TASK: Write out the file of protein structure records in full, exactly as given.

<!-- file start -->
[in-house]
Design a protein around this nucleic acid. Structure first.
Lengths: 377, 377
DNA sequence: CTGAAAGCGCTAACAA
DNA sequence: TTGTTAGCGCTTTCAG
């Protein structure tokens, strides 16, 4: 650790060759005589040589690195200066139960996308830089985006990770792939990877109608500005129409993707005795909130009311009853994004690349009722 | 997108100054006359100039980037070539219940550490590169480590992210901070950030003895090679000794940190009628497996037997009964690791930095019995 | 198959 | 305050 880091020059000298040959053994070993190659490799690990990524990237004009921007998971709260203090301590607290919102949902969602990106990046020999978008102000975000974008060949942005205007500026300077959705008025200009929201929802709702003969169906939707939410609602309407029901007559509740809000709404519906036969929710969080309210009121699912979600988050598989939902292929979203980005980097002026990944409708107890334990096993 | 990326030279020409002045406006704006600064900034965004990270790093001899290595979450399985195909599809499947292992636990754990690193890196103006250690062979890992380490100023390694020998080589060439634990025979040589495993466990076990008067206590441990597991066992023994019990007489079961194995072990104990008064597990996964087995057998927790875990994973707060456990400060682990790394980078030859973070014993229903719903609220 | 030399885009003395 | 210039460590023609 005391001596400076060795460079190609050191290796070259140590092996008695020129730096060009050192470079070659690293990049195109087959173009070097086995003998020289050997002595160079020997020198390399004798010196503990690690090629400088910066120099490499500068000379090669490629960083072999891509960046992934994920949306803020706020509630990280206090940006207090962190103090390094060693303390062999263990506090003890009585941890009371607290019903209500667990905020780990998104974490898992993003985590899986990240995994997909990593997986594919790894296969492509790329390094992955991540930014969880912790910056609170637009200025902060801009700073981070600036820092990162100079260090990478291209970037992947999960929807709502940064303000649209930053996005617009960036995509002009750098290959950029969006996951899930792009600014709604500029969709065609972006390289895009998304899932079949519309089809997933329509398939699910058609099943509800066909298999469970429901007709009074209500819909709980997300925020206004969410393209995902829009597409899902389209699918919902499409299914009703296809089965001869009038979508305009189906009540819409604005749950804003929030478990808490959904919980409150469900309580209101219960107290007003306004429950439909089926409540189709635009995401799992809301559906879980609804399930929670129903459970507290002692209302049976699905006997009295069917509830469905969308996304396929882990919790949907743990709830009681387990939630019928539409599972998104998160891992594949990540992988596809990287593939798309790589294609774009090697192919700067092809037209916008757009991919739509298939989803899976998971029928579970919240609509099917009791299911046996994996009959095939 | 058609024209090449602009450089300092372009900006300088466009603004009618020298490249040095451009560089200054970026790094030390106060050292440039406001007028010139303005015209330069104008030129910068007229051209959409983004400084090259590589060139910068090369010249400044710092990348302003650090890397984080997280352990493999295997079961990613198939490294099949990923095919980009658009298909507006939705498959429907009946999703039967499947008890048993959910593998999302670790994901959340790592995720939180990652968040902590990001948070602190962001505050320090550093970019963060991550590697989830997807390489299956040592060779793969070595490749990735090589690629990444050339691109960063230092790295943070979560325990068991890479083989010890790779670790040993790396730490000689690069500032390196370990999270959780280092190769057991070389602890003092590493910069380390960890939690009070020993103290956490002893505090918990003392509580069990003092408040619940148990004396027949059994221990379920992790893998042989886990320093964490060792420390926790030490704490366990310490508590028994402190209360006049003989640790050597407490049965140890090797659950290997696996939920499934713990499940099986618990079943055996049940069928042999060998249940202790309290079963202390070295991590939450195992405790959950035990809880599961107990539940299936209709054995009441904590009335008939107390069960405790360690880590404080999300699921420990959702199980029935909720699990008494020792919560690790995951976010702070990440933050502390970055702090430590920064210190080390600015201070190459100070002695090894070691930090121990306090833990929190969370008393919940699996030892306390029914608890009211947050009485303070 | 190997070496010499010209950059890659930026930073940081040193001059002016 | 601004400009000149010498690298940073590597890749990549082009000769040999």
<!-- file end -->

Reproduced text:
[in-house]
Design a protein around this nucleic acid. Structure first.
Lengths: 377, 377
DNA sequence: CTGAAAGCGCTAACAA
DNA sequence: TTGTTAGCGCTTTCAG
């Protein structure tokens, strides 16, 4: 650790060759005589040589690195200066139960996308830089985006990770792939990877109608500005129409993707005795909130009311009853994004690349009722 | 997108100054006359100039980037070539219940550490590169480590992210901070950030003895090679000794940190009628497996037997009964690791930095019995 | 198959 | 305050 880091020059000298040959053994070993190659490799690990990524990237004009921007998971709260203090301590607290919102949902969602990106990046020999978008102000975000974008060949942005205007500026300077959705008025200009929201929802709702003969169906939707939410609602309407029901007559509740809000709404519906036969929710969080309210009121699912979600988050598989939902292929979203980005980097002026990944409708107890334990096993 | 990326030279020409002045406006704006600064900034965004990270790093001899290595979450399985195909599809499947292992636990754990690193890196103006250690062979890992380490100023390694020998080589060439634990025979040589495993466990076990008067206590441990597991066992023994019990007489079961194995072990104990008064597990996964087995057998927790875990994973707060456990400060682990790394980078030859973070014993229903719903609220 | 030399885009003395 | 210039460590023609 005391001596400076060795460079190609050191290796070259140590092996008695020129730096060009050192470079070659690293990049195109087959173009070097086995003998020289050997002595160079020997020198390399004798010196503990690690090629400088910066120099490499500068000379090669490629960083072999891509960046992934994920949306803020706020509630990280206090940006207090962190103090390094060693303390062999263990506090003890009585941890009371607290019903209500667990905020780990998104974490898992993003985590899986990240995994997909990593997986594919790894296969492509790329390094992955991540930014969880912790910056609170637009200025902060801009700073981070600036820092990162100079260090990478291209970037992947999960929807709502940064303000649209930053996005617009960036995509002009750098290959950029969006996951899930792009600014709604500029969709065609972006390289895009998304899932079949519309089809997933329509398939699910058609099943509800066909298999469970429901007709009074209500819909709980997300925020206004969410393209995902829009597409899902389209699918919902499409299914009703296809089965001869009038979508305009189906009540819409604005749950804003929030478990808490959904919980409150469900309580209101219960107290007003306004429950439909089926409540189709635009995401799992809301559906879980609804399930929670129903459970507290002692209302049976699905006997009295069917509830469905969308996304396929882990919790949907743990709830009681387990939630019928539409599972998104998160891992594949990540992988596809990287593939798309790589294609774009090697192919700067092809037209916008757009991919739509298939989803899976998971029928579970919240609509099917009791299911046996994996009959095939 | 058609024209090449602009450089300092372009900006300088466009603004009618020298490249040095451009560089200054970026790094030390106060050292440039406001007028010139303005015209330069104008030129910068007229051209959409983004400084090259590589060139910068090369010249400044710092990348302003650090890397984080997280352990493999295997079961990613198939490294099949990923095919980009658009298909507006939705498959429907009946999703039967499947008890048993959910593998999302670790994901959340790592995720939180990652968040902590990001948070602190962001505050320090550093970019963060991550590697989830997807390489299956040592060779793969070595490749990735090589690629990444050339691109960063230092790295943070979560325990068991890479083989010890790779670790040993790396730490000689690069500032390196370990999270959780280092190769057991070389602890003092590493910069380390960890939690009070020993103290956490002893505090918990003392509580069990003092408040619940148990004396027949059994221990379920992790893998042989886990320093964490060792420390926790030490704490366990310490508590028994402190209360006049003989640790050597407490049965140890090797659950290997696996939920499934713990499940099986618990079943055996049940069928042999060998249940202790309290079963202390070295991590939450195992405790959950035990809880599961107990539940299936209709054995009441904590009335008939107390069960405790360690880590404080999300699921420990959702199980029935909720699990008494020792919560690790995951976010702070990440933050502390970055702090430590920064210190080390600015201070190459100070002695090894070691930090121990306090833990929190969370008393919940699996030892306390029914608890009211947050009485303070 | 190997070496010499010209950059890659930026930073940081040193001059002016 | 601004400009000149010498690298940073590597890749990549082009000769040999």